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I used spreader to put some grass seeds in my back yard. I rake them thoroughly after that. After three days, I was checking my yard and still see bunch of blue grass seed on the ground. Do I need to rake them again.

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    This is not a problem. Your raking will have covered some of the seeds. In fact if you can still see seeds on the surface, that is a good thing, because birds or other critters haven't eaten everything! Don't forget that "grass" is just a natural plant - nothing rakes wild grass seeds into the ground, but the grass still grows. – alephzero May 14 '17 at 1:32
  • @alephzero That was a rather nice way to explain to this OP. I think you should use that as an answer because that was exactly what they needed to know! – stormy May 14 '17 at 17:16
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When you seed with new seed the most important thing is not to walk on it or rake! Fruffed up soil, seed, roll and that should be good enough. Never allow the germinating seed to dry out or be raked. In about 2 weeks you should be good for the first mowing.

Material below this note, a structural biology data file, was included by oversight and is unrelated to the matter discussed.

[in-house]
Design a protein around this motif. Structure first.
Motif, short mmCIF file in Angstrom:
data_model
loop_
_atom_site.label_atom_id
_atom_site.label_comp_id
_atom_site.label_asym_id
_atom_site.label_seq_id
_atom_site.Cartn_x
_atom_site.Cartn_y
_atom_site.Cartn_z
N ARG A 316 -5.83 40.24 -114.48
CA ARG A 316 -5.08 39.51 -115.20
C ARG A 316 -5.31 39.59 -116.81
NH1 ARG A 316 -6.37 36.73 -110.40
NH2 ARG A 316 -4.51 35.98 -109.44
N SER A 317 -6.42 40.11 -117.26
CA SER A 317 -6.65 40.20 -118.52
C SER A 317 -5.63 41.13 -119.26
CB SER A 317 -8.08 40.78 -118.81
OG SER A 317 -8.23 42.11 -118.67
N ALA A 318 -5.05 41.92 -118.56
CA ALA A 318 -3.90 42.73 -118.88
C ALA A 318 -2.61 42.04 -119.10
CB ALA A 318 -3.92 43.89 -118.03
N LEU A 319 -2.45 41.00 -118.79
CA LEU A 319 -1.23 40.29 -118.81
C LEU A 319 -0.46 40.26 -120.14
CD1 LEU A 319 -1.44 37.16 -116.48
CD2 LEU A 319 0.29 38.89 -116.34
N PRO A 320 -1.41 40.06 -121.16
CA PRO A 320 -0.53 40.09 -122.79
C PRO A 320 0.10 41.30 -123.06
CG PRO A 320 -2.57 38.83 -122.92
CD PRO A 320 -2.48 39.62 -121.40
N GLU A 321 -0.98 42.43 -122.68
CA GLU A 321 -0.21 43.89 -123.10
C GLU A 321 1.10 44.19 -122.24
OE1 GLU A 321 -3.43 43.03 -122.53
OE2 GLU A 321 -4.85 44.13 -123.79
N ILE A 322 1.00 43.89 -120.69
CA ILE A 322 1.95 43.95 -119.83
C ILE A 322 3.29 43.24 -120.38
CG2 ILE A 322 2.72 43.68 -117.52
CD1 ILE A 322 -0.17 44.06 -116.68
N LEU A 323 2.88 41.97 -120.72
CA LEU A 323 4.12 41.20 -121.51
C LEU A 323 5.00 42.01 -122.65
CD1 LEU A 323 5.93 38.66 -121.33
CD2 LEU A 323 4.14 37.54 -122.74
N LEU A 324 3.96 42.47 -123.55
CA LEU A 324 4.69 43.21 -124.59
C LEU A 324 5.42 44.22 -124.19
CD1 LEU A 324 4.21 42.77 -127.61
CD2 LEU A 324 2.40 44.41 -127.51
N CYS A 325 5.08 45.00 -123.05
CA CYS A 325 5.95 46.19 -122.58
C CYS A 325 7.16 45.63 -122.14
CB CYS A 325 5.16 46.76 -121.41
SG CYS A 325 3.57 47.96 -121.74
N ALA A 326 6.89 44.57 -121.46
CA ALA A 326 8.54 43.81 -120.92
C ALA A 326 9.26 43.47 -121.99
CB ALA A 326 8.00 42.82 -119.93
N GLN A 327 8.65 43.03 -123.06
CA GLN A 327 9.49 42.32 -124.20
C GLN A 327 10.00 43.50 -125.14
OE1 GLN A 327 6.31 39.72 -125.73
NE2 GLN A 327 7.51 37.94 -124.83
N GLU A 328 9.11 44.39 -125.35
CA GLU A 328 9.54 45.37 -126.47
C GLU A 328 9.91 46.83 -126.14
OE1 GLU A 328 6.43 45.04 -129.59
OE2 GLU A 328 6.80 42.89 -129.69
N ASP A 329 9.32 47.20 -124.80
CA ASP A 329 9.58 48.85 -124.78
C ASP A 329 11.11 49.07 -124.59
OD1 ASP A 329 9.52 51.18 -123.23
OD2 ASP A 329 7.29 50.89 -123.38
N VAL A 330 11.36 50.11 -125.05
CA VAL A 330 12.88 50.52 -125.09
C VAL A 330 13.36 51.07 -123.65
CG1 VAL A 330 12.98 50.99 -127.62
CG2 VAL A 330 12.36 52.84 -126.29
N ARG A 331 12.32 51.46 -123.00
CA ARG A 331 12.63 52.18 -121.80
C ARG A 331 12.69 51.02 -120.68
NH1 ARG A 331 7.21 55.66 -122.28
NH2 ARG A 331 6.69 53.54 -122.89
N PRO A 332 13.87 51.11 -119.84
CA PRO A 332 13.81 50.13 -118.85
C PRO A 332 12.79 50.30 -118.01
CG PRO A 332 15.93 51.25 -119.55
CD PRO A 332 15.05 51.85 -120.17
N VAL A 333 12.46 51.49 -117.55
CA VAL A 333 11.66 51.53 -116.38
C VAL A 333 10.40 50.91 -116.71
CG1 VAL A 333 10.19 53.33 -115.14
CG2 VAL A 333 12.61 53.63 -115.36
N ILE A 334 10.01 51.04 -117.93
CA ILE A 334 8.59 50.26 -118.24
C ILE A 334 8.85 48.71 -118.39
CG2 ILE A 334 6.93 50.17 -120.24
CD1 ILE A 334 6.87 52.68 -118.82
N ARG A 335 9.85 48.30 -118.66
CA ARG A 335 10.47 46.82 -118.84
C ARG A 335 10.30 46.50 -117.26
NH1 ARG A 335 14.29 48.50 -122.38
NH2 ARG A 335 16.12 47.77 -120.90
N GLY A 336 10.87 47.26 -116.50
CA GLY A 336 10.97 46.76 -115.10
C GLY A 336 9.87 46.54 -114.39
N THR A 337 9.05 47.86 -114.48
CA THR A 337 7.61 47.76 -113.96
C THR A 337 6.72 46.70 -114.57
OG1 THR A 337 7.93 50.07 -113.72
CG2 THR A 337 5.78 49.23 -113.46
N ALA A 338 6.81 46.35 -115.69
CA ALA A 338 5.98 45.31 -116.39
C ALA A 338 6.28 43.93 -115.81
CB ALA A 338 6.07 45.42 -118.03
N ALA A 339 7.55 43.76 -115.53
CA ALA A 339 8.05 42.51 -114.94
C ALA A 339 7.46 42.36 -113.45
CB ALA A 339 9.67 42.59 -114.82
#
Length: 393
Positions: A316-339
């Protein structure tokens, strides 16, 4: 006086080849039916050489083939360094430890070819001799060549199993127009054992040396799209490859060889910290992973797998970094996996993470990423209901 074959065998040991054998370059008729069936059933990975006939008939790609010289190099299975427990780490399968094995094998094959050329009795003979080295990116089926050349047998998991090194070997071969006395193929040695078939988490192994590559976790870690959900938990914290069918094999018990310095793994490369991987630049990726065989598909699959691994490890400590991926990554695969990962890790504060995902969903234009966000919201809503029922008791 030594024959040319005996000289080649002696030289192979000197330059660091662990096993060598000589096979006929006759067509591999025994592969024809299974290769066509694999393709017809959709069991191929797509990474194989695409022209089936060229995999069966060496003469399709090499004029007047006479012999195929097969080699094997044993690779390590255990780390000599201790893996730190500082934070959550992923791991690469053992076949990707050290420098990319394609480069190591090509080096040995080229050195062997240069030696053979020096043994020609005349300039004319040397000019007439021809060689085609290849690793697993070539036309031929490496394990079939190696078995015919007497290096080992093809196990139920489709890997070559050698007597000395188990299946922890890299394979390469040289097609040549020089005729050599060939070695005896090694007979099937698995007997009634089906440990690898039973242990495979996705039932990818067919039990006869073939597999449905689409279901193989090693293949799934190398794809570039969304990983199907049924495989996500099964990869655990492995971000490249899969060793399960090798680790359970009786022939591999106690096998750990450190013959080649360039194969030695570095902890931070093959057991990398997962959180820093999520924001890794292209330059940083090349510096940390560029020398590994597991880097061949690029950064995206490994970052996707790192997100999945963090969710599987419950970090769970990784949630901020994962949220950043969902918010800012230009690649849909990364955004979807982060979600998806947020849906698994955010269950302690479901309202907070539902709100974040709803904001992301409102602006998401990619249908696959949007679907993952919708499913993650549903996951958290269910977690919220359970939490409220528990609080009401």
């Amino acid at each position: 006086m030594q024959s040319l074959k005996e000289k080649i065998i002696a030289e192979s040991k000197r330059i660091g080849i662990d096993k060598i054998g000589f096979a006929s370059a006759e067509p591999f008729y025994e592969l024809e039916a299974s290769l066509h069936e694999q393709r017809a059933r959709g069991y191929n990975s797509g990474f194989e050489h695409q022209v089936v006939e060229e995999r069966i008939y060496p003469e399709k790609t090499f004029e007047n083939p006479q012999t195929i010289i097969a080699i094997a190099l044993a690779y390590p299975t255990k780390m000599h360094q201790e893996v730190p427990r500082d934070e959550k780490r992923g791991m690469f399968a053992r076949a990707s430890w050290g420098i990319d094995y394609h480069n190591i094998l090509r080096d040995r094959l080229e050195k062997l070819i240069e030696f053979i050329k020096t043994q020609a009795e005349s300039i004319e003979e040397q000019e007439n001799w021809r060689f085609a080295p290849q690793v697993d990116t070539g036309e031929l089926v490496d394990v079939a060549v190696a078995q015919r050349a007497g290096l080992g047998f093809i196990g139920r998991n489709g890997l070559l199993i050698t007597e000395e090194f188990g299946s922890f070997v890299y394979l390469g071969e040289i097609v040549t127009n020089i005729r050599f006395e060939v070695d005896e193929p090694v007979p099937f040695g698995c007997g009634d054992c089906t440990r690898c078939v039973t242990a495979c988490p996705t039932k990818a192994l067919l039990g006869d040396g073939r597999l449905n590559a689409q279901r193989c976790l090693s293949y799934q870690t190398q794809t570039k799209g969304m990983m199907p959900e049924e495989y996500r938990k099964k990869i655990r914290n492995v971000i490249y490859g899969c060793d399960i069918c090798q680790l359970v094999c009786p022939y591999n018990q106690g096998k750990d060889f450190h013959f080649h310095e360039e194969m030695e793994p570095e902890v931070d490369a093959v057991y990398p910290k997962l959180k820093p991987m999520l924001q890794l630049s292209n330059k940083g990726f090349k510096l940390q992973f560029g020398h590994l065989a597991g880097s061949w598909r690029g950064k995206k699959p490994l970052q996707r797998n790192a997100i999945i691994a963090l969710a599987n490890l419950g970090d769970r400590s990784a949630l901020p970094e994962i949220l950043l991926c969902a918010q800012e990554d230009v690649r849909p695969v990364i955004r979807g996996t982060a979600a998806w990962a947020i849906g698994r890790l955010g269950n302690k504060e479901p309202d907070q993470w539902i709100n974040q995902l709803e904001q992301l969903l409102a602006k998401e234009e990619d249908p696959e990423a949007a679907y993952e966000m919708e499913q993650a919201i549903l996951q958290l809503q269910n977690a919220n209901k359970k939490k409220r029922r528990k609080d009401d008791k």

After this first mow you should start training your baby grass to grow deeper to get the moisture. Water deeply, allow to dry enough where when you walk on your grass the grass blades stay down. That is the signal to water deeply again. Do not water again until the grass shows this basic stress signal. Keep your lawn no shorter than 3 inches!!! Not 2 1/2 but 3".

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    Fruffed up? What it means? – Giacomo Catenazzi May 14 '17 at 8:13
  • I know, I make up my own words and forget they aren't real! The surface compaction 'undone'...gosh. This is tough. Hoed and loosened and raked, graded. Then the seed has a nice 'fluffed' up bed to cuddle up into? I turn the soft rake over on its backside to mix the soil and seed a little bit then roll with a water filled roller for soil seed contact. Is there a better word or way to explain breaking up the surface of the soil, loosening up the surface of the soil maybe? There must be. Where's my cup of coffee? – stormy May 14 '17 at 17:12

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